“This is the last actual club like that with live jazz,” said Baltimore-born, Berklee School of Music-trained singer Sheila Ford, one of the many local musicians who came to the recent Caton Castle show.
“Everyone’s so warm and supportive here,” Ford said, pointing out that she just came off a three-and-a-half-month gig performing on a cruise ship. “Coming back here always feel like home to me.”
New Club, Old Challenge
This week, changing the narrative, a new venue is opening in Baltimore. It’s a jazz club and restaurant in upscale Harbor East called Keystone Korner, operated by Todd Barkan, the man who ran a legendary club by the same name in San Fransisco in the late ’70s.
Teaming with Michelin-starred D.C. chef Robert Weidemaier, Barkan is bringing in big names (bassist Ron Carter, for starters) and charging premium (for Baltimore) prices: $25 to enter and $45 for “seating closest to the stage.”
Scott said he welcomes anyone promoting jazz and hiring musicians in Baltimore, but as a veteran of nearly three decades in the business, he passes along advice that Left Bank’s Mike Binsky offered in the early days.
“He said, ‘Do not try to book high-end acts too close to each other – Baltimore is a blue-collar town,’” said Scott, who keeps the prices of even his big shows moderate.
For the Warren Wolf-Christian McBride show, for instance, he charged $35 for advance purchase and $20 at the door.
“It sold out in less than two weeks,” he added with a touch of pride.
After his many years running the club, it’s a challenge for Scott to recount all the greats who have made music on its small wooden stage. The names tumble out in riffs:
There was “Cedar Walton, Carmen Lundy, Curtis Lundy, Bobby Watson, of course Gary Bartz,” he said.
“There were so many great people from right here in Baltimore, like Harold Adams, a sax player, Chico Johnson, he was a vocalist, Dave Smith, another sax player,” he says, pausing to catch his breath.
“There was Earl Wilson, he played guitar, ‘Tiny Tim’ Harris, a vocalist, Ruby Dawson, she was a wonderful singer.” He had many more names, each one with a story.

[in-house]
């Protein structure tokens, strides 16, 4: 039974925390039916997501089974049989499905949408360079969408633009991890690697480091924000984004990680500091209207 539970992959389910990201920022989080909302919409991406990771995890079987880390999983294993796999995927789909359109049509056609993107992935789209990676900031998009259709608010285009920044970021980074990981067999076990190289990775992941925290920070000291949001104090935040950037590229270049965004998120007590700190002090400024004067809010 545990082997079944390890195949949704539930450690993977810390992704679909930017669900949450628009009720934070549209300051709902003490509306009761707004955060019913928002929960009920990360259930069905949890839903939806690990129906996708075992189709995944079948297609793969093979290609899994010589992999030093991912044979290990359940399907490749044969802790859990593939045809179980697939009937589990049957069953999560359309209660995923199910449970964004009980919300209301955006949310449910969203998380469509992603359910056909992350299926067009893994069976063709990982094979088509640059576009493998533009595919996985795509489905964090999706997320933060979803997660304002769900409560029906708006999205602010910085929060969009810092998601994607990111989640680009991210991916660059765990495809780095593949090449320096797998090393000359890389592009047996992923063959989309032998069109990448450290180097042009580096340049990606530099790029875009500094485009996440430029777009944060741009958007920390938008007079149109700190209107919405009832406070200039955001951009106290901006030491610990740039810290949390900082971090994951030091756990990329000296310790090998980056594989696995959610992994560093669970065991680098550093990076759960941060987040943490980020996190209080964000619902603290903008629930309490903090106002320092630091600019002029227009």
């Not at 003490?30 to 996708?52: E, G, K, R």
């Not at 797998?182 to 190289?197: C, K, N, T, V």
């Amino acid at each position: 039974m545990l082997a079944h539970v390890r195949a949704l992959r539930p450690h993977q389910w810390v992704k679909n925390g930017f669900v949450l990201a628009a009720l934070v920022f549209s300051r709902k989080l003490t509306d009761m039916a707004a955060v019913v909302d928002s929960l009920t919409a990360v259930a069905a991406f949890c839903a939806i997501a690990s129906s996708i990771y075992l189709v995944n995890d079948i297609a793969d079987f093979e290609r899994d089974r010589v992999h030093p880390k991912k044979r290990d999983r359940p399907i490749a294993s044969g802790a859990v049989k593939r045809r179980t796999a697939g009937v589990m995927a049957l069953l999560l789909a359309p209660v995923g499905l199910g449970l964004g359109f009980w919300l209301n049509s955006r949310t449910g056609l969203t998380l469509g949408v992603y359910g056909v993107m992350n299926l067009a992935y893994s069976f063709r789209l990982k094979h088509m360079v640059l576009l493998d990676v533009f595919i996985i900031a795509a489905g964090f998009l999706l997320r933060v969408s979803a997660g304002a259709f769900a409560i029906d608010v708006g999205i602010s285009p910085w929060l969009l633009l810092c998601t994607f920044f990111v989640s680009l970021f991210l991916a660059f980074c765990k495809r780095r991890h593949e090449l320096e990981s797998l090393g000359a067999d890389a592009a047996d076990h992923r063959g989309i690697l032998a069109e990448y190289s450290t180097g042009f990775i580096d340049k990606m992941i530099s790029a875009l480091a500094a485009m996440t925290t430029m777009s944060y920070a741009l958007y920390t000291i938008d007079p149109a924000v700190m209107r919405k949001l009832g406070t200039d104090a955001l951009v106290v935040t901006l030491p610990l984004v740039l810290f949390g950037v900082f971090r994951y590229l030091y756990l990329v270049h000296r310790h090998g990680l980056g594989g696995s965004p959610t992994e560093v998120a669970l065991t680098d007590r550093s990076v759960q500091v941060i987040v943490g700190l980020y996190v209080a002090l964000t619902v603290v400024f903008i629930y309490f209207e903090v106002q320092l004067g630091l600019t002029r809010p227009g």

The Peabody Effect
Caton Castle’s regulars can fill in the blanks. Greg Thompkins, Lafayette Gilchrist, Russell Kirk. Asked to recall them during the break, they get that dreamy look.
What came to mind for Roy Wilson, for instance, were the unexpectedly memorable shows, like a jam session with some young unknowns “who were really, really good.”
“I was here for a “Battle of the Saxes” between Carlos Garnett [of the Jazz Messengers] and René McLean,” he said. “Now that was wild!”
Many in the crowd on this night were older – a former dry cleaning store owner, a onetime educator, the former owner of the Jazz West record store, Bill Coates.
“I’m a huge jazz fan and I can tell you, this place has one of the best vibes around,” said Kenneth Cobb, a 62-year-old electrical engineer who thinks nothing of making a cross-country trip to catch a good show.
Lately, though, Caton Castle has added a broader demographic, thanks to the reinvigorated Peabody Jazz Studies program under its new director, Sean Jones. (Jones last year brought in Wolf, Kris Funn and other homegrown Baltimore musicians to join the faculty.)
“There’s starting to be more younger people coming here,” said 14-year-old sax player Ebban Dorsey, who joined her 15-year-old saxophone-playing brother, Ephraim Dorsey, for solos on “A Night in Tunisia.”
Peabody faculty like Quincy Phillips, who was Roy Hargrove’s drummer, could be spotted in the crowd.
It’s all very exciting to Brinae Ali, a tap dancing virtuoso who thrilled the crowd with an electric performance: an elaborate call-and-response choreographed with Jones on the trumpet, something the two are working on together.
“It’s jazz, it’s tap, it’s hip hop, and bebop and we’re bringing it together as way of articulating something about the African American experience,” said Ali, 37, breathing hard after her performance.
A Flint Michigan native, and relative newcomer to Baltimore, Ali said places like Caton Castle and Baltimore’s Eubie Blake Center are civic treasures.
“You’re lucky to have these places,” she said. “They’re like sacred ground!”